When Can You Introduce Yogurt to Your Baby?

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In our small Midwestern town, access to all of the wholesome, yummy foods that I like to serve my family can be somewhat challenging. Organic whole milk plain yogurt, which is a staple in our diets (and possibly my favorite food), is sold at one store within a 40 mile radius—which means that I regularly buy four quarts at a time when I find it in stock. (Yes, we eat it all before the sell-by date!) And with my youngest child starting solids soon, I’m already thinking through my strategy to keep enough of it on hand since I hope it’s a food that she likes as much as we do.

And here’s the thing: In addition to being delicious, it’s a great early food for babies, says Wendy Sue Swanson, MD, a pediatrician and executive director of Digital Health at Seattle Children’s Hospital. “It has a smooth texture and often infants love the sweet flavor,” she adds.

The American Academy of Pediatrics (AAP) recommends that babies start solids around 6-months-old. Although yogurt can be introduced at that time, the AAP adds that it’s best to wait until after your baby’s first birthday to introduce cow’s milk, because is harder for babies to digest. Additionally, cow’s milk doesn’t have the ideal mix of nutrients found in breast milk and formula, which babies should consume as their primary source of nutrition for the first year.

Whole milk yogurt has fat, which babies need for proper brain development, according to the AAP, and it’s a good source of calcium and protein. Dr. Swanson recommends incorporating yogurt without any added sugar into a balanced diet of breast milk or formula, along with a range of fruits, vegetables, and meats (which can be replaced with other sources of protein, such as beans and lentils, if your family doesn’t eat meat).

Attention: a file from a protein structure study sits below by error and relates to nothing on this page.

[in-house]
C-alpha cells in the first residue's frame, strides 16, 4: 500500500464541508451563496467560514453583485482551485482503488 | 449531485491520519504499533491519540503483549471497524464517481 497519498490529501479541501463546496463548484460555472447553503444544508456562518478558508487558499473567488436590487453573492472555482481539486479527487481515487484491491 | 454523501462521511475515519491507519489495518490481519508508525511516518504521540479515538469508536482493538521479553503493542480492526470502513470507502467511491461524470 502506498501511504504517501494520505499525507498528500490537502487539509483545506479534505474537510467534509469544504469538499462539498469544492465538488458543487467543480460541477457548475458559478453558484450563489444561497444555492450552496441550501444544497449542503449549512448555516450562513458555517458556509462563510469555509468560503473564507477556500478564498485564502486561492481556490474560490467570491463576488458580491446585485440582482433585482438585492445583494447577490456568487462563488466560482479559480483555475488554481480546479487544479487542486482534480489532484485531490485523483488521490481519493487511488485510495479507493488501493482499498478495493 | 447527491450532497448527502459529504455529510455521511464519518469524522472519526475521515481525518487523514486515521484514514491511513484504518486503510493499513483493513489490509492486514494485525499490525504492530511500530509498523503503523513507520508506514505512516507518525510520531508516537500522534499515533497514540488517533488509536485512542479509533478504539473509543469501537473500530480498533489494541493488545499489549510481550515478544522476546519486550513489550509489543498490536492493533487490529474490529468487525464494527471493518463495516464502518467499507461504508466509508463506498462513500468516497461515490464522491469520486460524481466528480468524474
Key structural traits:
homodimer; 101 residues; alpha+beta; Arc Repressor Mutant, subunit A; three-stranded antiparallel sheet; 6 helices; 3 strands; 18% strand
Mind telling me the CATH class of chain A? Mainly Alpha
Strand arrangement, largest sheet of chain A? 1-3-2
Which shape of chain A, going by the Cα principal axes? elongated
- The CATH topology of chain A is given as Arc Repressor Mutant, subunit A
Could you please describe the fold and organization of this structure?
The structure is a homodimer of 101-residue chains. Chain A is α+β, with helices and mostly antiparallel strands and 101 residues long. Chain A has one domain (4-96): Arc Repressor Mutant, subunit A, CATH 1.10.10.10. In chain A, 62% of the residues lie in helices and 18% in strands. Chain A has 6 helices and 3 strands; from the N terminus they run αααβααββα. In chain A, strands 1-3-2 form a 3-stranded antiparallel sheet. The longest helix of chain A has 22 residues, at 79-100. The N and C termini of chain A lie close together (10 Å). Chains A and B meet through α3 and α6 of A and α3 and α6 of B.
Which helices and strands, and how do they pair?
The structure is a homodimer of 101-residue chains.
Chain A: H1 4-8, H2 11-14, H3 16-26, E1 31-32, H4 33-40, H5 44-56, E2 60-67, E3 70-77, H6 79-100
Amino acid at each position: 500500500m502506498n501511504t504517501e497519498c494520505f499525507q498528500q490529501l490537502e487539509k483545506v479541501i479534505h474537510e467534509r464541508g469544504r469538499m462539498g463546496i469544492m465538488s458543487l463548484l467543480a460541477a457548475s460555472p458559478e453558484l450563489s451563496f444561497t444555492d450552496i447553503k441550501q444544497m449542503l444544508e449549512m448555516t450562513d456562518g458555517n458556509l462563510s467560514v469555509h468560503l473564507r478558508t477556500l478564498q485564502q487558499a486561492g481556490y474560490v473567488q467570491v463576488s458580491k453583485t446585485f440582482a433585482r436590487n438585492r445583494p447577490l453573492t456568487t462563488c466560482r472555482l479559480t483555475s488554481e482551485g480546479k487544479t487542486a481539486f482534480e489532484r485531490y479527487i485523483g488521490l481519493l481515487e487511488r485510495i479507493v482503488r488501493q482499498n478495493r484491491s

If you feed your baby yogurt and she develops vomiting, a rash, excess gassiness, diarrhea, or blood or mucus in the stool, stop feeding it to her and consult your pediatrician, says Dr. Swanson; your child may have an allergy to protein in cow’s milk. According to the National Institutes of Health, cow’s milk allergies aren’t common — only 2 to 8 percent of babies have one — but it’s important to check with your child’s doctor anytime you notice these symptoms.

I plan to offer my baby plain yogurt with a little fruit or veggie puree stirred in to help mellow the flavor a bit. It took my oldest daughter a little time to learn to like the natural tang of plain yogurt, but now it’s a food that she likes so much she often asks to have it for dinner!